Furthermore, a warranted yet predictably damaging issue has been the focus on urban sanitation development, which has often come at the cost of rural sanitation development spend. This focus has meant that we run the risk of not realising universal access to safely managed sanitation until the next century, leaving millions of vulnerable and poor people behind. These examples illustrate that financing is not an issue in terms of availability of resources, it is also a deeply political issue which can be solved by shifting the narrative around why sanitation matters.
Ending the Dark Ages of Sanitation
While there has been some remarkable progress in sanitation access in countries like India and China and the academic literature has seen an upswing in interest and innovation in solutions, we still have a long way to go until we can achieve universal WASH coverage. Sanitation coverage, even in places where it is largely accessible to a majority of private household and businesses, has shown to systematically leave the poorest and most vulnerable population of the world behind.
Sociologist Rose George has characterised our current predicament as ‘the dark ages of sanitation’, where the constant cultural and political stigmatisation of this issue has meant that it is not in the political imagination in the way it should be.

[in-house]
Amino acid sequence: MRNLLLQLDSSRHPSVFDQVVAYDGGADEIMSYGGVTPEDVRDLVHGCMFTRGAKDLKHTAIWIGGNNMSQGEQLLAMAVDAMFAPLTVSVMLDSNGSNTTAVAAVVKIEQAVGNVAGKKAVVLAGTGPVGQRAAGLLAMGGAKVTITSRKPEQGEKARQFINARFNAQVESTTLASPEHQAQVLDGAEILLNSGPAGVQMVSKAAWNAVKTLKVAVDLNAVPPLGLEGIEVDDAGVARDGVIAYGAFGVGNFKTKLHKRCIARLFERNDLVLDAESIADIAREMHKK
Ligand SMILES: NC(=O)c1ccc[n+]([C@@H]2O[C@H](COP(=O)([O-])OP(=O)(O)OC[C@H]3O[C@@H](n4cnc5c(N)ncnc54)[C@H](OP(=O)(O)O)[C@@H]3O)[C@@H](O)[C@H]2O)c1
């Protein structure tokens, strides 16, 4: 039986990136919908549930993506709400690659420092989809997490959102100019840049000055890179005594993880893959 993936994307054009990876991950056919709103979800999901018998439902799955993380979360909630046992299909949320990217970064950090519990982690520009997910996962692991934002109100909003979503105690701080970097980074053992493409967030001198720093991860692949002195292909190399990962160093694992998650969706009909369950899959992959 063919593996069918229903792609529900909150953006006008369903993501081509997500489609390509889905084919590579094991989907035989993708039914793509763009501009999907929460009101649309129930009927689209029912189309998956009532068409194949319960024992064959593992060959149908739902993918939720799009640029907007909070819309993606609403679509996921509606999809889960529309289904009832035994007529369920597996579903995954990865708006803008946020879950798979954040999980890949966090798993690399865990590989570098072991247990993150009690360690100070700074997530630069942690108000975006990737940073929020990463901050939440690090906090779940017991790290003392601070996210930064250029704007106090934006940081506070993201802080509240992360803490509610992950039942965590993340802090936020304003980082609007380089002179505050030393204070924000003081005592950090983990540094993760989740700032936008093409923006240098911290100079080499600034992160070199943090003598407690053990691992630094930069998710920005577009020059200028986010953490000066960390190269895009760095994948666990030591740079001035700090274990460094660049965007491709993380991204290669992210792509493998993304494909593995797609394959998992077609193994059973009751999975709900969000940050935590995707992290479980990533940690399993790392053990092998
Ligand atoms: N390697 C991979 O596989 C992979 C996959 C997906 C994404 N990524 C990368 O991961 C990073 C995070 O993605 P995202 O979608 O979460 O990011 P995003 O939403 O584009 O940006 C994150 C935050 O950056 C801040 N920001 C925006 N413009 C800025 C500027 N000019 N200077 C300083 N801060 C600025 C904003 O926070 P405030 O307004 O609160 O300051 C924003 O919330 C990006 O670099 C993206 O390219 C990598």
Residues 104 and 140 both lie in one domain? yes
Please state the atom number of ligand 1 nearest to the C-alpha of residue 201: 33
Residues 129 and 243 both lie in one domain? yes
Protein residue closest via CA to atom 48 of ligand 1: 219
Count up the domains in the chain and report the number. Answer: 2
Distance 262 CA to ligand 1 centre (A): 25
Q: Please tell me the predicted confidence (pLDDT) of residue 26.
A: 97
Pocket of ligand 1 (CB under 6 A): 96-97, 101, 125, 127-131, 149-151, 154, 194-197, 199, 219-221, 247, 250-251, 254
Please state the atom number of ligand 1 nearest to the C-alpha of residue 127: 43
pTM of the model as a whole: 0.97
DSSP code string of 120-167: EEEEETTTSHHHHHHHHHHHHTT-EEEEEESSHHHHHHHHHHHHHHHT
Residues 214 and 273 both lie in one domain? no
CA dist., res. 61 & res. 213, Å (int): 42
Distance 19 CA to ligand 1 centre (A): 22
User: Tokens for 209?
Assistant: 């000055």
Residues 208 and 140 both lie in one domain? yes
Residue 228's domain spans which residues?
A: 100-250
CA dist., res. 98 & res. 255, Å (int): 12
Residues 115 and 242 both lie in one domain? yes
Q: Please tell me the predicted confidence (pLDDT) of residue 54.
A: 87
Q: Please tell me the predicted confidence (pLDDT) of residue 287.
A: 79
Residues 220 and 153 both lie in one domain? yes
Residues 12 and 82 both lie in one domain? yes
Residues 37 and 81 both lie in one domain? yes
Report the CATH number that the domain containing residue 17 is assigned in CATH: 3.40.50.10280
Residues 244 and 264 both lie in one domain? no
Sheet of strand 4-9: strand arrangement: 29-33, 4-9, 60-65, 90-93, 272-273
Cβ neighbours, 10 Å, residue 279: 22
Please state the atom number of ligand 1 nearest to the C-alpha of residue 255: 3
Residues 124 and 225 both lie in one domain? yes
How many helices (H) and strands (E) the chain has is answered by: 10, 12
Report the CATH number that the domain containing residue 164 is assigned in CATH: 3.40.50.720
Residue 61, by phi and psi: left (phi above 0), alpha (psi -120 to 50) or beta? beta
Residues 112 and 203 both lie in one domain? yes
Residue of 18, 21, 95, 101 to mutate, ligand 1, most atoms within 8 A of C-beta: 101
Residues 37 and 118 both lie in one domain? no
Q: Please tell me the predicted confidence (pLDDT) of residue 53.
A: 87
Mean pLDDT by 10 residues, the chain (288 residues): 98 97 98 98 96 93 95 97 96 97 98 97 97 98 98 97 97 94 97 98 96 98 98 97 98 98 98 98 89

Yet there are glimpses of hope. A recent survey shows that people generally rank access to clean water and sanitation as the second most important Sustainable Development Goal, only eclipsed by the ‘zero hunger’ SDG aimed at eradicating global hunger. This growing awareness just needs to be further contextualised in our political realities in order to create the shift needed to realise the goals of universal sanitation coverage.
To end the dark ages of sanitation, it is more important than ever that we employ a contextualised and power-sensitive analysis to access to sanitation. We need WASH specialists and support to help establish facilities, but we also need to tell the story of what lack of sanitation means in practice and the policy mechanisms enabling the sanitation gap. We need to discuss the shortened lives, the inability to work, the shutting out of public life, the gendered injustice of it all in new lenses, putting human stories behind it while being mindful not to exploit those suffering the worst from lack of WASH in order to progress depoliticised solutions to a very political issue.
Note: The terminology of ‘poo-litics’ is borrowed from the brilliant Colin McFarlane and Jonathan Silver in “Infrastructure,‘seeing sanitation’ and the urban political in an era of late neoliberalism”, The Urban Political, Palgrave Macmillan, Cham, 2018. 123-143.
 George, R. (2008) The big necessity: The Unmentionable World of Human Waste and Why It Matters, Macmillan.